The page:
One. Two. Three. Four.

Four red jellybeans left in Pam's candy dish. The hours kept dragging on, and she watched the jellybeans sit. Continued to count them as if on the twenty-sixth count the number would somehow magically change, and it would be five red jellybeans, and that would change everything. One. Two. Three. Four. Still only four red jellybeans immeresed in a dish filled with other coloured candies. The same but different. Like her and Jim's relationship after that fateful kiss. She shook her head knowing that if she was finding hiding meaning in the communal candy dish that she wasn't working hard enough.

The phone rang jolting her out of her despairing trance. She decided to pick it up on the third ring. "Dunder Mifflin, this is Pam."

"Hi Pam. I'm glad I caught you. There's an urgent matter we need to discuss," said an all too familiar voice on the other line. Pam's breath caught as she was overwhelmed head to toe with Jim. His voice filtered through her sensitive ears making her shiver deliciously. He surrounded her and she was more than willing to drown in the teasing tone she hadn't heard in oh so long.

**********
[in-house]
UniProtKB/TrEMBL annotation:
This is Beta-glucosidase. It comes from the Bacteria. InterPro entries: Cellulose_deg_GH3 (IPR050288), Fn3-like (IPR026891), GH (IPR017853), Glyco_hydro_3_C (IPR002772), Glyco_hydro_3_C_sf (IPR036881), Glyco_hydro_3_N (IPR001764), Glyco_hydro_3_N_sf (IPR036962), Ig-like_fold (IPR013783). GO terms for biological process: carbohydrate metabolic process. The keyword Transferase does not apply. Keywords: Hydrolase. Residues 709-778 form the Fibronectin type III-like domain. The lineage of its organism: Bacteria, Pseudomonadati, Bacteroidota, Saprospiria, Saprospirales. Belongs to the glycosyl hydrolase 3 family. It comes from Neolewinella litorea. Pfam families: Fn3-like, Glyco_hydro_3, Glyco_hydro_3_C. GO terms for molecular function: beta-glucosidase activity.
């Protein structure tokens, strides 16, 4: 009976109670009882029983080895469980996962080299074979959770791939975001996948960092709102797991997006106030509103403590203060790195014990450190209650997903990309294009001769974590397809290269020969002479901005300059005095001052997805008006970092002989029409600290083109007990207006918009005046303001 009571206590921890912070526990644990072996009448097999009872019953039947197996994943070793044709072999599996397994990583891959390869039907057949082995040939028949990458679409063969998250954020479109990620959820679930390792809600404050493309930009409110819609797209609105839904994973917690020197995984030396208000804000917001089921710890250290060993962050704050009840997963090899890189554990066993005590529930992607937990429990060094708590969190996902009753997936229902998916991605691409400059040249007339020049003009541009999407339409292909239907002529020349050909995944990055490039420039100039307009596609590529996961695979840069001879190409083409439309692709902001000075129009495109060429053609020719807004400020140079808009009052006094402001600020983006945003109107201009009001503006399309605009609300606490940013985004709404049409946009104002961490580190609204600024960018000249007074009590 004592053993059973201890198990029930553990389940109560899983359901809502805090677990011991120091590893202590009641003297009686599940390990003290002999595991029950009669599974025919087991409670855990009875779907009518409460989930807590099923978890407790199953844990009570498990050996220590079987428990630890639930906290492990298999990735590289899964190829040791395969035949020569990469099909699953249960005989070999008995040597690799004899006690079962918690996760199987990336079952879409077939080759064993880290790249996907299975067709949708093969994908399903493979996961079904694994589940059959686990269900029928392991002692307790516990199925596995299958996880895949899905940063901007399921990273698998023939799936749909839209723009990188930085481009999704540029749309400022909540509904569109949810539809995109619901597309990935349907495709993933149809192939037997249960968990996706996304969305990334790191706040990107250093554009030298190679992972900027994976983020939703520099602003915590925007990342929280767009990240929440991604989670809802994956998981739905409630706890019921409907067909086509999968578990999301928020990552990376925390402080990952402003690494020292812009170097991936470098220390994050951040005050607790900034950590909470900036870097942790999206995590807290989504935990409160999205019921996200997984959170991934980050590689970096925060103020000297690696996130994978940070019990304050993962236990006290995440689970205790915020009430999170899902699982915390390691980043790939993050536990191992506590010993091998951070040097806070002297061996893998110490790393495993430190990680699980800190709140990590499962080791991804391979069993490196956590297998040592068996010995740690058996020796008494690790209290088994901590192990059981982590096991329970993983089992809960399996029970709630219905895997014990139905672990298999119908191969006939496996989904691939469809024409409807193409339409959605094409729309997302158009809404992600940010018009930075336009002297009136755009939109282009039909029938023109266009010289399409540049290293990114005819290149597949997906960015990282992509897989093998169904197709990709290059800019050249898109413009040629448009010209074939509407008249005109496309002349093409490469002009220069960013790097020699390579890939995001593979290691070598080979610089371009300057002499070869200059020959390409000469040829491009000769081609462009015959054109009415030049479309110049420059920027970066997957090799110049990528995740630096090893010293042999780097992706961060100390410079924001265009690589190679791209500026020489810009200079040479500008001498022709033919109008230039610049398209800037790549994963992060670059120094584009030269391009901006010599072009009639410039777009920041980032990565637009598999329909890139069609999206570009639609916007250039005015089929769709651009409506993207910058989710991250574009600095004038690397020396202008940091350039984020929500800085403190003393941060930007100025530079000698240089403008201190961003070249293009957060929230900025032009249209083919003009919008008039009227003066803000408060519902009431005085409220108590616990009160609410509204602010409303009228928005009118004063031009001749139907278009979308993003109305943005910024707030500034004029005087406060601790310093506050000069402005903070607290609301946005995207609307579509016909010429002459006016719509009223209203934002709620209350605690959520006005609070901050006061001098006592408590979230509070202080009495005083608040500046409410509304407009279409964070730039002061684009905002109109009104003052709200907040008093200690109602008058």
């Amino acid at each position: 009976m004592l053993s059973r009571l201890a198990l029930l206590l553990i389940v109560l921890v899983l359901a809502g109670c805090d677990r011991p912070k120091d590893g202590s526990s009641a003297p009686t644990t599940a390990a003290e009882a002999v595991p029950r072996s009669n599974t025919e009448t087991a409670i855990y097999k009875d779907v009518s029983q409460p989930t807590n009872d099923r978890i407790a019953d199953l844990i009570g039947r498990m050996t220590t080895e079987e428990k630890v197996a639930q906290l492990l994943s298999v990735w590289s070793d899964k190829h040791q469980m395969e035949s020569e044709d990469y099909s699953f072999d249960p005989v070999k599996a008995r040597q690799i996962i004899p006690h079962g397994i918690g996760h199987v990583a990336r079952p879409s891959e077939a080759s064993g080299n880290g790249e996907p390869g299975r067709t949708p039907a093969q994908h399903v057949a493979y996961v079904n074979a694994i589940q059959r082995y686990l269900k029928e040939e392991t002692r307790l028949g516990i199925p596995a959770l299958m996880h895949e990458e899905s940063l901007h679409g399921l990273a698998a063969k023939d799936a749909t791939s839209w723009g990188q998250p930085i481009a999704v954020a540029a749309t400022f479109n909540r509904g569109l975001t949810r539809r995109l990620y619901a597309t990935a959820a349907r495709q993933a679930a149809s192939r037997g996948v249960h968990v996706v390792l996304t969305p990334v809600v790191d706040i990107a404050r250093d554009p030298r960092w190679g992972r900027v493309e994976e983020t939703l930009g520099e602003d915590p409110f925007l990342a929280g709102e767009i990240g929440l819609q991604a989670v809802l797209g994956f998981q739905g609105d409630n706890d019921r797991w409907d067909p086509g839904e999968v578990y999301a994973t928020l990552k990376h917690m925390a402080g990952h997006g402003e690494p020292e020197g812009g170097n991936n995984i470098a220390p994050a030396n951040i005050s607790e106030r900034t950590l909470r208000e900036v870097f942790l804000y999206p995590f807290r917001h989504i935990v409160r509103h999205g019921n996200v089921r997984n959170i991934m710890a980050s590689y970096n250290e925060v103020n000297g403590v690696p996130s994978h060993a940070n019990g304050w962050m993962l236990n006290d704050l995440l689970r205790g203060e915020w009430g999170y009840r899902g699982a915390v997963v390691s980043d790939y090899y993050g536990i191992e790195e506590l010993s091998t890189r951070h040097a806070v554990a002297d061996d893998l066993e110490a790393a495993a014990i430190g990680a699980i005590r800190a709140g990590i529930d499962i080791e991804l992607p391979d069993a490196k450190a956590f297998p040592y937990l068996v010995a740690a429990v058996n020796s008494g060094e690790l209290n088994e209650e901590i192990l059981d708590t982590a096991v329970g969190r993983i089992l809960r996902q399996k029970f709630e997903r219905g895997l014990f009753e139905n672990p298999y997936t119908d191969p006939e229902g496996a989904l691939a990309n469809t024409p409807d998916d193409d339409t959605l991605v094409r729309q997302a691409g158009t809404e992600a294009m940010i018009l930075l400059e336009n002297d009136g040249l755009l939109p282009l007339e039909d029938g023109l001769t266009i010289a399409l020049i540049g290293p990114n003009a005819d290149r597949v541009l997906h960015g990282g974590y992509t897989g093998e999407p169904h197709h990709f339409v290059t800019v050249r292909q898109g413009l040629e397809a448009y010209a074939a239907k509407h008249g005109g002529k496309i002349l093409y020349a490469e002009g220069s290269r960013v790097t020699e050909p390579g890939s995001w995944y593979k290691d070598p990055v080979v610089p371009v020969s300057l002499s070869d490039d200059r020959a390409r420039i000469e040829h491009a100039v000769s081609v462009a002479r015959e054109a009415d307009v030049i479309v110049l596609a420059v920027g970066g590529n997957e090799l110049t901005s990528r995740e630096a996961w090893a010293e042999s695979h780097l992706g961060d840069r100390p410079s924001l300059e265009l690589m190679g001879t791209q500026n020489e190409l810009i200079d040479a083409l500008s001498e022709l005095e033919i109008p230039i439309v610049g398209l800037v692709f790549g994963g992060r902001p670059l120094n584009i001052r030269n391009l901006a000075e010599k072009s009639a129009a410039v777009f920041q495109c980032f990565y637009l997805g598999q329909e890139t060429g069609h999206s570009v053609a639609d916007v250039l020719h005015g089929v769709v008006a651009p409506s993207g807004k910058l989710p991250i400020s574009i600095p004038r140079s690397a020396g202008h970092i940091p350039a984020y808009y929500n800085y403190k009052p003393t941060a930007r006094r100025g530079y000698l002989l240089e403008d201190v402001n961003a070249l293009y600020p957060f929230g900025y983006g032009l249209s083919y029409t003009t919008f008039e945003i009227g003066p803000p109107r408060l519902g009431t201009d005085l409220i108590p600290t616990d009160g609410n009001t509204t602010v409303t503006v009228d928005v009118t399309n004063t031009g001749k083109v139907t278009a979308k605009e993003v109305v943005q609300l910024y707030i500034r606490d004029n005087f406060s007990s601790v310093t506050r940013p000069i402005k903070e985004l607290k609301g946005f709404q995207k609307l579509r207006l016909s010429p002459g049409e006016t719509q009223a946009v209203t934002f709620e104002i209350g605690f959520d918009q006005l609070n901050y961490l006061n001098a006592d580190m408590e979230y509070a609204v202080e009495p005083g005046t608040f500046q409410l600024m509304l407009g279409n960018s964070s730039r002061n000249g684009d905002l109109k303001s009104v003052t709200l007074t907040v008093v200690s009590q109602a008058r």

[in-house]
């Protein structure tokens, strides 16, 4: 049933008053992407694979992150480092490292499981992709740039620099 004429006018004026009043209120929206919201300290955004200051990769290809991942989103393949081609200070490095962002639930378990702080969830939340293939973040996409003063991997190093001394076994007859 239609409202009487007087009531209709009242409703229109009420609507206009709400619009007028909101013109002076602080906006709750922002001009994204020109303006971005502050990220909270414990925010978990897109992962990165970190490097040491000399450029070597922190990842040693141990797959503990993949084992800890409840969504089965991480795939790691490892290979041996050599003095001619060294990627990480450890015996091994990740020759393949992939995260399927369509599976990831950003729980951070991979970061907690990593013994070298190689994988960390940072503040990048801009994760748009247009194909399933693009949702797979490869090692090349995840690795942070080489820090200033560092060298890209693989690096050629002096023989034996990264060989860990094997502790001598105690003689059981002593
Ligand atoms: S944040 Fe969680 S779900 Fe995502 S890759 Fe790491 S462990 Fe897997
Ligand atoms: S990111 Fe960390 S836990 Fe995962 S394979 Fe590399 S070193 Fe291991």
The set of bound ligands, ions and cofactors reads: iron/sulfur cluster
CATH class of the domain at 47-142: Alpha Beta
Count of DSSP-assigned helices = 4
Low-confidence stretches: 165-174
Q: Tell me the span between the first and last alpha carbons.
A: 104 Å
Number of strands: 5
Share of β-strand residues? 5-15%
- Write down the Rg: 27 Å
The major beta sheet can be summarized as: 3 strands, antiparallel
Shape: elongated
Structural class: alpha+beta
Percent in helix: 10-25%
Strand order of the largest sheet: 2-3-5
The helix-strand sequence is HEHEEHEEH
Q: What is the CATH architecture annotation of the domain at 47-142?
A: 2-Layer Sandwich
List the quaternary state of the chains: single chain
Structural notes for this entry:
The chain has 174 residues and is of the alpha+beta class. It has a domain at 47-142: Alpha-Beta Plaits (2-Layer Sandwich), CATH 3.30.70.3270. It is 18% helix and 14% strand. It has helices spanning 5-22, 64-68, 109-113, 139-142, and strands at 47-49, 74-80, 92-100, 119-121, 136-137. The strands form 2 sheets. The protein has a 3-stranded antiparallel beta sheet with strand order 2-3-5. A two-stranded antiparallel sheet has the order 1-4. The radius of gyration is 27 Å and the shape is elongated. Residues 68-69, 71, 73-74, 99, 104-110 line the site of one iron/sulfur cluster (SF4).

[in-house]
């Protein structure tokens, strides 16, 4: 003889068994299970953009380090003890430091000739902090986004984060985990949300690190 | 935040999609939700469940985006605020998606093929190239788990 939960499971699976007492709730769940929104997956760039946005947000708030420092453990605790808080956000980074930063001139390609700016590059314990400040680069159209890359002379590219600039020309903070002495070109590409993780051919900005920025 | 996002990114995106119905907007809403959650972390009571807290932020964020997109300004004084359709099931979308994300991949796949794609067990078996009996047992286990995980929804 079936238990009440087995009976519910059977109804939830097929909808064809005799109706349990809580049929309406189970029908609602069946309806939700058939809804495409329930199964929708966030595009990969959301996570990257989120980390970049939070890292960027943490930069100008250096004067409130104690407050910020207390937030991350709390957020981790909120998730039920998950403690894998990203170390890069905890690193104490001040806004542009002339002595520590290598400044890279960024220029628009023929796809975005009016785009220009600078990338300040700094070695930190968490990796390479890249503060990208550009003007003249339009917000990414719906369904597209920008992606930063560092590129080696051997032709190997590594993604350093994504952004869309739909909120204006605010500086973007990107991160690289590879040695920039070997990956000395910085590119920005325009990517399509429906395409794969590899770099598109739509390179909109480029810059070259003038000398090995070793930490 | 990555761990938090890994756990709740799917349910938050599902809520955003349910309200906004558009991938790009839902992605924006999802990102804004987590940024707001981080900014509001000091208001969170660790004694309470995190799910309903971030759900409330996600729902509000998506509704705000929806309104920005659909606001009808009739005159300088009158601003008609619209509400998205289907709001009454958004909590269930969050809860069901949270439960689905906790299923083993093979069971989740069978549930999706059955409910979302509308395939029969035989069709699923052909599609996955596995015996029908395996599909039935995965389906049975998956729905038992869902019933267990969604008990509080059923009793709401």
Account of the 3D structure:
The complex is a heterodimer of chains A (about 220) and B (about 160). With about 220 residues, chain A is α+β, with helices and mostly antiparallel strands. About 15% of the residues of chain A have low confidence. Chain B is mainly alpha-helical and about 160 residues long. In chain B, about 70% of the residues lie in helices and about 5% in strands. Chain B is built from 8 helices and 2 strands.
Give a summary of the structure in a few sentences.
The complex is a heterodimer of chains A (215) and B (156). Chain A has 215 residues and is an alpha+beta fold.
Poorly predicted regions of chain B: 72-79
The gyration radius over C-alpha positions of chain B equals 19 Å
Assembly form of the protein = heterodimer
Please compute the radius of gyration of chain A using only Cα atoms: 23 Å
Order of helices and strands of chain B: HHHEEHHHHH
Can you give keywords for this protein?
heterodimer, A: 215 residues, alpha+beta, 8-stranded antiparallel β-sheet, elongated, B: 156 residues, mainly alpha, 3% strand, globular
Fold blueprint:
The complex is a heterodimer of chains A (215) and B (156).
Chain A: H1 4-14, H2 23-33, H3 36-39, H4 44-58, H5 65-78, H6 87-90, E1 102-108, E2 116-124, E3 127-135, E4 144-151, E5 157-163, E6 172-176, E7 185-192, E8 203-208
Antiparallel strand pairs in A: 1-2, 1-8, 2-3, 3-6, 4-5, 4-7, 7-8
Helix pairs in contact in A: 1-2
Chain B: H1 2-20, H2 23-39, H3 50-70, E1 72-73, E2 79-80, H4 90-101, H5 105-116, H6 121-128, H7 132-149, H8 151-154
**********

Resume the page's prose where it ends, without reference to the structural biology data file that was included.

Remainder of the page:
"And what would this concern?" She asked, idly wraping the phone's cord around her thin finger.

"I don't know if you're aware of this but Dwight just inadvertantly admitted he believed in ghosts and other paranormal activities," his voice shaped eerily close to Dwight's at the last two words, "and I was thinking that we need to sharpen our team skills. I mean, we need to provide a united front! Let's face it, Beesly. We've been slipping."

She smiled widely and saw his eyes quickly find hers and then discreetly look away. Part of her was glad that they were finally talking the way they used to, glad that things could go back to normal so fast for them. Another secret part of her that she would never reveal was disappointed. Disappointed that her decloration hadn't shifted his world, turned his life around, forced him to see her. If you can't have one, she told herself, cherish the other.

"I could bring in my old halloween welcome mat that makes ghost noises when you step on it," she found herself offering. Her voice sounded like her old voice, droll and self-depriciating.

"I don't know..."

"Consider it?"

She pressed the phone against her ear harder as if it were a seashell when she heard the echo of Jim's warm laughter.